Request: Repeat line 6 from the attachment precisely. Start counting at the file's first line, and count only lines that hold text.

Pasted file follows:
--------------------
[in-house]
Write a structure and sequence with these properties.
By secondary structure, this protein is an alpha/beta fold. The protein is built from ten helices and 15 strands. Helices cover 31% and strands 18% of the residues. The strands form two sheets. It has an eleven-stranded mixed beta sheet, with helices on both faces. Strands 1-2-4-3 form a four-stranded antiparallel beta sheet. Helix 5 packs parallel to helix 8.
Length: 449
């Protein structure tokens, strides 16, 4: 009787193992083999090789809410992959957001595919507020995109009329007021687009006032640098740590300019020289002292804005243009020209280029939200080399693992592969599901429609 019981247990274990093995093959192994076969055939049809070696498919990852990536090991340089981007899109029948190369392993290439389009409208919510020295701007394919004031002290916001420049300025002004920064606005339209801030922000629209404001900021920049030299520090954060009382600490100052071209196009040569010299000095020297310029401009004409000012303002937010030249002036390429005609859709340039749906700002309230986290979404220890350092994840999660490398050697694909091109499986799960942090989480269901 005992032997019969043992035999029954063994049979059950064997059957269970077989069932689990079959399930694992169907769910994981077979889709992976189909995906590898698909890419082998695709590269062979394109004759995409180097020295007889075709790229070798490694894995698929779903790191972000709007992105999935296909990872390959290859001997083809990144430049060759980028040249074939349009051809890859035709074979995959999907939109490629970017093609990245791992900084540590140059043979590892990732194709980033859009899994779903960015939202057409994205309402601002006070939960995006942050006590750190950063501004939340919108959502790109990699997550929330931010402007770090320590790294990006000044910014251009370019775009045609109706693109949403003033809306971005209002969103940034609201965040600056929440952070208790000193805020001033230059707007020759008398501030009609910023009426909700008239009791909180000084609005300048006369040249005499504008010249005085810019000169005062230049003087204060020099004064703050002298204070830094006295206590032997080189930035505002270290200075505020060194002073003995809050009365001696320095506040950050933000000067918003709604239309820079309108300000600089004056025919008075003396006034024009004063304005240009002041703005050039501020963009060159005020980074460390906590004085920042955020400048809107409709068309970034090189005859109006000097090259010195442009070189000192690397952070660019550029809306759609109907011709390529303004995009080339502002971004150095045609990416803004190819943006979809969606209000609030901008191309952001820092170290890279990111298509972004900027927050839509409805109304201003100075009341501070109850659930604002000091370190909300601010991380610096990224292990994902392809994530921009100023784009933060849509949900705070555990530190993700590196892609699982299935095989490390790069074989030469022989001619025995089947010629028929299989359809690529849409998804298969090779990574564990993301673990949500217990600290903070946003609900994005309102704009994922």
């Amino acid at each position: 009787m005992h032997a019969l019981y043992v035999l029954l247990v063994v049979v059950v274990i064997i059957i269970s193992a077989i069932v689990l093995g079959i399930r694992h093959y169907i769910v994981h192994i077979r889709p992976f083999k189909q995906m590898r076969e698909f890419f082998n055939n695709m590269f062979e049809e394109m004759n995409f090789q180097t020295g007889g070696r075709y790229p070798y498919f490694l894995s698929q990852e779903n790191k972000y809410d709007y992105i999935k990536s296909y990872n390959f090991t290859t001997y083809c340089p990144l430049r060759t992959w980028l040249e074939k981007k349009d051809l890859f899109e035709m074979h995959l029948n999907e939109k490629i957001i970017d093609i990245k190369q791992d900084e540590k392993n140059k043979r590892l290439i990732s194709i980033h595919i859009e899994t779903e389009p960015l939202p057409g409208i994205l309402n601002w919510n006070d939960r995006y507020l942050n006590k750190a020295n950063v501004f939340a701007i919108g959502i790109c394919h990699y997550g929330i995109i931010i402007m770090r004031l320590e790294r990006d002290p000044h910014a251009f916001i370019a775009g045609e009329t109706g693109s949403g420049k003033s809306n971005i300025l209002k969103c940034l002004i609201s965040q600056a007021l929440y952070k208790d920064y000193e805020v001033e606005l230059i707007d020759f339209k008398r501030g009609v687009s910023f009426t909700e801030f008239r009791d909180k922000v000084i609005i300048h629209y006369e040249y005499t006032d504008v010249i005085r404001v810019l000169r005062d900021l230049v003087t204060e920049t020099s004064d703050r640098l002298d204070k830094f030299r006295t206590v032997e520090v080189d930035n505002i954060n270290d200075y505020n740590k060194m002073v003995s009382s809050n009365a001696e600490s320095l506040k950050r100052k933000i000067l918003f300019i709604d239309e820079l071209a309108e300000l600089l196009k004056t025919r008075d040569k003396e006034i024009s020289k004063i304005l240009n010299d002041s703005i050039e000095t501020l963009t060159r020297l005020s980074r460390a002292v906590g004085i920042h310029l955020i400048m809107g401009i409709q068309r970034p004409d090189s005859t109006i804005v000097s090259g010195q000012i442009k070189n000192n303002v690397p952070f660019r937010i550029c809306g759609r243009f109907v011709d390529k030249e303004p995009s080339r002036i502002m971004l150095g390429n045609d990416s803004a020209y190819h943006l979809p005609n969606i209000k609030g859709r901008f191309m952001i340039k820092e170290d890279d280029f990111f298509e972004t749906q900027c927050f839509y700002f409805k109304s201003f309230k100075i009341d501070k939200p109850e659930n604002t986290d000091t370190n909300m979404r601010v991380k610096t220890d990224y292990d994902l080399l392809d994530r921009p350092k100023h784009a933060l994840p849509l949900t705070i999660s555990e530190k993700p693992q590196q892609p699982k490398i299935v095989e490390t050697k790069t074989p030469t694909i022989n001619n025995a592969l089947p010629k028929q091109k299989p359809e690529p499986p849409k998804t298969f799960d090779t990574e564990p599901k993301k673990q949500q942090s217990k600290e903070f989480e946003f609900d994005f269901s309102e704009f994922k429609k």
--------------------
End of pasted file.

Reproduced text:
């Amino acid at each position: 009787m005992h032997a019969l019981y043992v035999l029954l247990v063994v049979v059950v274990i064997i059957i269970s193992a077989i069932v689990l093995g079959i399930r694992h093959y169907i769910v994981h192994i077979r889709p992976f083999k189909q995906m590898r076969e698909f890419f082998n055939n695709m590269f062979e049809e394109m004759n995409f090789q180097t020295g007889g070696r075709y790229p070798y498919f490694l894995s698929q990852e779903n790191k972000y809410d709007y992105i999935k990536s296909y990872n390959f090991t290859t001997y083809c340089p990144l430049r060759t992959w980028l040249e074939k981007k349009d051809l890859f899109e035709m074979h995959l029948n999907e939109k490629i957001i970017d093609i990245k190369q791992d900084e540590k392993n140059k043979r590892l290439i990732s194709i980033h595919i859009e899994t779903e389009p960015l939202p057409g409208i994205l309402n601002w919510n006070d939960r995006y507020l942050n006590k750190a020295n950063v501004f939340a701007i919108g959502i790109c394919h990699y997550g929330i995109i931010i402007m770090r004031l320590e790294r990006d002290p000044h910014a251009f916001i370019a775009g045609e009329t109706g693109s949403g420049k003033s809306n971005i300025l209002k969103c940034l002004i609201s965040q600056a007021l929440y952070k208790d920064y000193e805020v001033e606005l230059i707007d020759f339209k008398r501030g009609v687009s910023f009426t909700e801030f008239r009791d909180k922000v000084i609005i300048h629209y006369e040249y005499t006032d504008v010249i005085r404001v810019l000169r005062d900021l230049v003087t204060e920049t020099s004064d703050r640098l002298d204070k830094f030299r006295t206590v032997e520090v080189d930035n505002i954060n270290d200075y505020n740590k060194m002073v003995s009382s809050n009365a001696e600490s320095l506040k950050r100052k933000i000067l918003f300019i709604d239309e820079l071209a309108e300000l600089l196009k004056t025919r008075d040569k003396e006034i024009s020289k004063i304005l240009n010299d002041s703005i050039e000095t501020l963009t060159r020297l005020s980074r460390a002292v906590g004085i920042h310029l955020i400048m809107g401009i409709q068309r970034p004409d090189s005859t109006i804005v000097s090259g010195q000012i442009k070189n000192n303002v690397p952070f660019r937010i550029c809306g759609r243009f109907v011709d390529k030249e303004p995009s080339r002036i502002m971004l150095g390429n045609d990416s803004a020209y190819h943006l979809p005609n969606i209000k609030g859709r901008f191309m952001i340039k820092e170290d890279d280029f990111f298509e972004t749906q900027c927050f839509y700002f409805k109304s201003f309230k100075i009341d501070k939200p109850e659930n604002t986290d000091t370190n909300m979404r601010v991380k610096t220890d990224y292990d994902l080399l392809d994530r921009p350092k100023h784009a933060l994840p849509l949900t705070i999660s555990e530190k993700p693992q590196q892609p699982k490398i299935v095989e490390t050697k790069t074989p030469t694909i022989n001619n025995a592969l089947p010629k028929q091109k299989p359809e690529p499986p849409k998804t298969f799960d090779t990574e564990p599901k993301k673990q949500q942090s217990k600290e903070f989480e946003f609900d994005f269901s309102e704009f994922k429609k």